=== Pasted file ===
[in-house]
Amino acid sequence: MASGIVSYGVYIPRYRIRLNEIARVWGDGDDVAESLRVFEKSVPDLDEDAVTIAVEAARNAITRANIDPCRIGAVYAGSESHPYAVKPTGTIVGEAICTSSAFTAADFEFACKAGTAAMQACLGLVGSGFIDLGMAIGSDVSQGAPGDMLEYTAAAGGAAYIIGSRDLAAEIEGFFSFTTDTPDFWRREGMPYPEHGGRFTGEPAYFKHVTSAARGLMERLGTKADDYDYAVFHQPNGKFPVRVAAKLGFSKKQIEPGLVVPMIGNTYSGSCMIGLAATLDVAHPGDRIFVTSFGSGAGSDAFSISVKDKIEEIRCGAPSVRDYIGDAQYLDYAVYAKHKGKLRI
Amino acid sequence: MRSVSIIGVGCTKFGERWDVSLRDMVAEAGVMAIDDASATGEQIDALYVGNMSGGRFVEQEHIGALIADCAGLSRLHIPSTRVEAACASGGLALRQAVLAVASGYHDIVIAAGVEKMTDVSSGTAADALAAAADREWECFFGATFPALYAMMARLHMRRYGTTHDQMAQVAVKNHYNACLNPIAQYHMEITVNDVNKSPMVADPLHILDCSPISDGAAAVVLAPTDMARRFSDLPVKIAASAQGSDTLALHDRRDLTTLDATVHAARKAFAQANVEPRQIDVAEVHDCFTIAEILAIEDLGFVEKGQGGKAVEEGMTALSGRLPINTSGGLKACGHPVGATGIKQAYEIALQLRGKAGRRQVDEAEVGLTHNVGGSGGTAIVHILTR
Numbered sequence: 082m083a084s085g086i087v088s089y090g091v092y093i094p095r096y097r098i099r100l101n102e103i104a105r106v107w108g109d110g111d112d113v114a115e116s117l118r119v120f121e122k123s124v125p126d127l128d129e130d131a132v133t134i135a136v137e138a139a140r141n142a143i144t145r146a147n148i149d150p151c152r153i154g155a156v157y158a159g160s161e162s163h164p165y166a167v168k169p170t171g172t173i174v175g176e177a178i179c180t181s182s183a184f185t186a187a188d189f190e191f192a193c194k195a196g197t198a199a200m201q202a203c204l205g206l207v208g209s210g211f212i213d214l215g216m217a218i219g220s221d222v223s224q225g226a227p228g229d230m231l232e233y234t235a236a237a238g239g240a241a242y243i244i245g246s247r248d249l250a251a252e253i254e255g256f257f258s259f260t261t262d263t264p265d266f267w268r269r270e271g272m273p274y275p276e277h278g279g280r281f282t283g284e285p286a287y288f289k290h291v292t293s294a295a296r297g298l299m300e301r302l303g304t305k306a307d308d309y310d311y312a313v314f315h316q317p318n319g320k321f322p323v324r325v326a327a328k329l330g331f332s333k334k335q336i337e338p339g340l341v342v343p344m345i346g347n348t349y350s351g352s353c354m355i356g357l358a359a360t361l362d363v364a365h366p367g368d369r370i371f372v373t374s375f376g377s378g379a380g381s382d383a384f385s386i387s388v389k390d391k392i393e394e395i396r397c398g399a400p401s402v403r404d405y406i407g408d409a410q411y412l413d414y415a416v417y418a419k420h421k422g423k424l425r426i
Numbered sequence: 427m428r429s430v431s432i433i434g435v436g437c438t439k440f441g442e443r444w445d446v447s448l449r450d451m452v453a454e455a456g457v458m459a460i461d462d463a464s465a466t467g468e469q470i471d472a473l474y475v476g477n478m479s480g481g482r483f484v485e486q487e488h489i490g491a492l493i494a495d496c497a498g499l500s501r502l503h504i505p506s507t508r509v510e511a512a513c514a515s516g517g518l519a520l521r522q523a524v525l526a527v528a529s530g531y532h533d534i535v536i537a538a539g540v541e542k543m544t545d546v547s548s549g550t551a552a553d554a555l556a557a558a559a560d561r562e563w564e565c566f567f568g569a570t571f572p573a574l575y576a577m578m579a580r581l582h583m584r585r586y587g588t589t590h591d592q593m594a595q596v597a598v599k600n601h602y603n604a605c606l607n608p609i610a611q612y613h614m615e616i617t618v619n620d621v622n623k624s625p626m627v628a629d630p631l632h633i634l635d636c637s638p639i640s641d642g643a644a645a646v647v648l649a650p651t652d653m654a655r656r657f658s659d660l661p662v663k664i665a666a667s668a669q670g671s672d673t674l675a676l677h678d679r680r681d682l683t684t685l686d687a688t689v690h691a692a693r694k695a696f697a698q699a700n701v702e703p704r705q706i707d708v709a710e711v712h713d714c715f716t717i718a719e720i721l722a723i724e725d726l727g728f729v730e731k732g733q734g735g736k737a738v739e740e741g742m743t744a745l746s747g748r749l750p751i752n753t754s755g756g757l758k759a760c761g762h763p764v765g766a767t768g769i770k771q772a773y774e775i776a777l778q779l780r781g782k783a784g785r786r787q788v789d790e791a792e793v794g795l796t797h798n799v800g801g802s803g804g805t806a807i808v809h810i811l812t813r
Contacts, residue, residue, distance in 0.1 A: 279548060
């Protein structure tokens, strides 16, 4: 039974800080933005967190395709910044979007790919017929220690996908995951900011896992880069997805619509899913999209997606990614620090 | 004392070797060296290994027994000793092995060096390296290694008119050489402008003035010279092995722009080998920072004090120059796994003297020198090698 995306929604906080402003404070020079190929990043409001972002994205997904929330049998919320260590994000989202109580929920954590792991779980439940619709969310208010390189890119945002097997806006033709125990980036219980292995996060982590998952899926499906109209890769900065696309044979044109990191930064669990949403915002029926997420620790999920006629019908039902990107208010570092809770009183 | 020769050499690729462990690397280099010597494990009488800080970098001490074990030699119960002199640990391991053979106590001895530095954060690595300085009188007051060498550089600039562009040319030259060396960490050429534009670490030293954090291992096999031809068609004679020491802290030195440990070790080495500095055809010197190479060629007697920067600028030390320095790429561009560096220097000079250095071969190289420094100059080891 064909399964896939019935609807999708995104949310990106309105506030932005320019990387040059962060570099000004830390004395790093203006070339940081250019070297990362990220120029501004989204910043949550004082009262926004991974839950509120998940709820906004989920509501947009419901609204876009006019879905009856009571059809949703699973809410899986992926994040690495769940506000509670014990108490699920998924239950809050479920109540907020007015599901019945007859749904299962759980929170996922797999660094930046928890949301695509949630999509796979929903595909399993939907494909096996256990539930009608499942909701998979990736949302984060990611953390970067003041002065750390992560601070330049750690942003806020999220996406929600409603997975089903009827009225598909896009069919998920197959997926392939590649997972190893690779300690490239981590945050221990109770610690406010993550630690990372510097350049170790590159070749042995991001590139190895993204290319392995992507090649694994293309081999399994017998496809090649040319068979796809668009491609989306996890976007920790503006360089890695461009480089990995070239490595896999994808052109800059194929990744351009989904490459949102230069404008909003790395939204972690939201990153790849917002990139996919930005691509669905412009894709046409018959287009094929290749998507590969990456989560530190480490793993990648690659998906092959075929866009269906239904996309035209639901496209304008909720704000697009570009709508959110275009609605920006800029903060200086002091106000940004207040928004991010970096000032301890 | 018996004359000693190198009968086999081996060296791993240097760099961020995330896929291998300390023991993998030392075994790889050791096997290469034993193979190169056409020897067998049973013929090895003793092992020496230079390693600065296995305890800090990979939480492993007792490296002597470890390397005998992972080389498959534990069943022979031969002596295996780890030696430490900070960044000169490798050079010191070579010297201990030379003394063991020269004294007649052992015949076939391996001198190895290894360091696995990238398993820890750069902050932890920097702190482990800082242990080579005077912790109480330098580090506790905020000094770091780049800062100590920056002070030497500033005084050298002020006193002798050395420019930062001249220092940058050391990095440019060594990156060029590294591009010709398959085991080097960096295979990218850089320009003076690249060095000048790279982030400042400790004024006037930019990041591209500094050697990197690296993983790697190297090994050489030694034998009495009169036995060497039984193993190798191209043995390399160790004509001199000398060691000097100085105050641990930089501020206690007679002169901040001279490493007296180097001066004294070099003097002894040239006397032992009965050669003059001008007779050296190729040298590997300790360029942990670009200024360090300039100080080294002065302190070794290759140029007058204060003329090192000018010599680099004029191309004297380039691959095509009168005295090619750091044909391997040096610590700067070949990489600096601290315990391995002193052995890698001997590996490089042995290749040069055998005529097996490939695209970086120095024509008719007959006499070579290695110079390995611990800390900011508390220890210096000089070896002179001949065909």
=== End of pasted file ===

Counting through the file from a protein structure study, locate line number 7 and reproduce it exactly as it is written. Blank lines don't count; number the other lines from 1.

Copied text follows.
């Protein structure tokens, strides 16, 4: 039974800080933005967190395709910044979007790919017929220690996908995951900011896992880069997805619509899913999209997606990614620090 | 004392070797060296290994027994000793092995060096390296290694008119050489402008003035010279092995722009080998920072004090120059796994003297020198090698 995306929604906080402003404070020079190929990043409001972002994205997904929330049998919320260590994000989202109580929920954590792991779980439940619709969310208010390189890119945002097997806006033709125990980036219980292995996060982590998952899926499906109209890769900065696309044979044109990191930064669990949403915002029926997420620790999920006629019908039902990107208010570092809770009183 | 020769050499690729462990690397280099010597494990009488800080970098001490074990030699119960002199640990391991053979106590001895530095954060690595300085009188007051060498550089600039562009040319030259060396960490050429534009670490030293954090291992096999031809068609004679020491802290030195440990070790080495500095055809010197190479060629007697920067600028030390320095790429561009560096220097000079250095071969190289420094100059080891 064909399964896939019935609807999708995104949310990106309105506030932005320019990387040059962060570099000004830390004395790093203006070339940081250019070297990362990220120029501004989204910043949550004082009262926004991974839950509120998940709820906004989920509501947009419901609204876009006019879905009856009571059809949703699973809410899986992926994040690495769940506000509670014990108490699920998924239950809050479920109540907020007015599901019945007859749904299962759980929170996922797999660094930046928890949301695509949630999509796979929903595909399993939907494909096996256990539930009608499942909701998979990736949302984060990611953390970067003041002065750390992560601070330049750690942003806020999220996406929600409603997975089903009827009225598909896009069919998920197959997926392939590649997972190893690779300690490239981590945050221990109770610690406010993550630690990372510097350049170790590159070749042995991001590139190895993204290319392995992507090649694994293309081999399994017998496809090649040319068979796809668009491609989306996890976007920790503006360089890695461009480089990995070239490595896999994808052109800059194929990744351009989904490459949102230069404008909003790395939204972690939201990153790849917002990139996919930005691509669905412009894709046409018959287009094929290749998507590969990456989560530190480490793993990648690659998906092959075929866009269906239904996309035209639901496209304008909720704000697009570009709508959110275009609605920006800029903060200086002091106000940004207040928004991010970096000032301890 | 018996004359000693190198009968086999081996060296791993240097760099961020995330896929291998300390023991993998030392075994790889050791096997290469034993193979190169056409020897067998049973013929090895003793092992020496230079390693600065296995305890800090990979939480492993007792490296002597470890390397005998992972080389498959534990069943022979031969002596295996780890030696430490900070960044000169490798050079010191070579010297201990030379003394063991020269004294007649052992015949076939391996001198190895290894360091696995990238398993820890750069902050932890920097702190482990800082242990080579005077912790109480330098580090506790905020000094770091780049800062100590920056002070030497500033005084050298002020006193002798050395420019930062001249220092940058050391990095440019060594990156060029590294591009010709398959085991080097960096295979990218850089320009003076690249060095000048790279982030400042400790004024006037930019990041591209500094050697990197690296993983790697190297090994050489030694034998009495009169036995060497039984193993190798191209043995390399160790004509001199000398060691000097100085105050641990930089501020206690007679002169901040001279490493007296180097001066004294070099003097002894040239006397032992009965050669003059001008007779050296190729040298590997300790360029942990670009200024360090300039100080080294002065302190070794290759140029007058204060003329090192000018010599680099004029191309004297380039691959095509009168005295090619750091044909391997040096610590700067070949990489600096601290315990391995002193052995890698001997590996490089042995290749040069055998005529097996490939695209970086120095024509008719007959006499070579290695110079390995611990800390900011508390220890210096000089070896002179001949065909």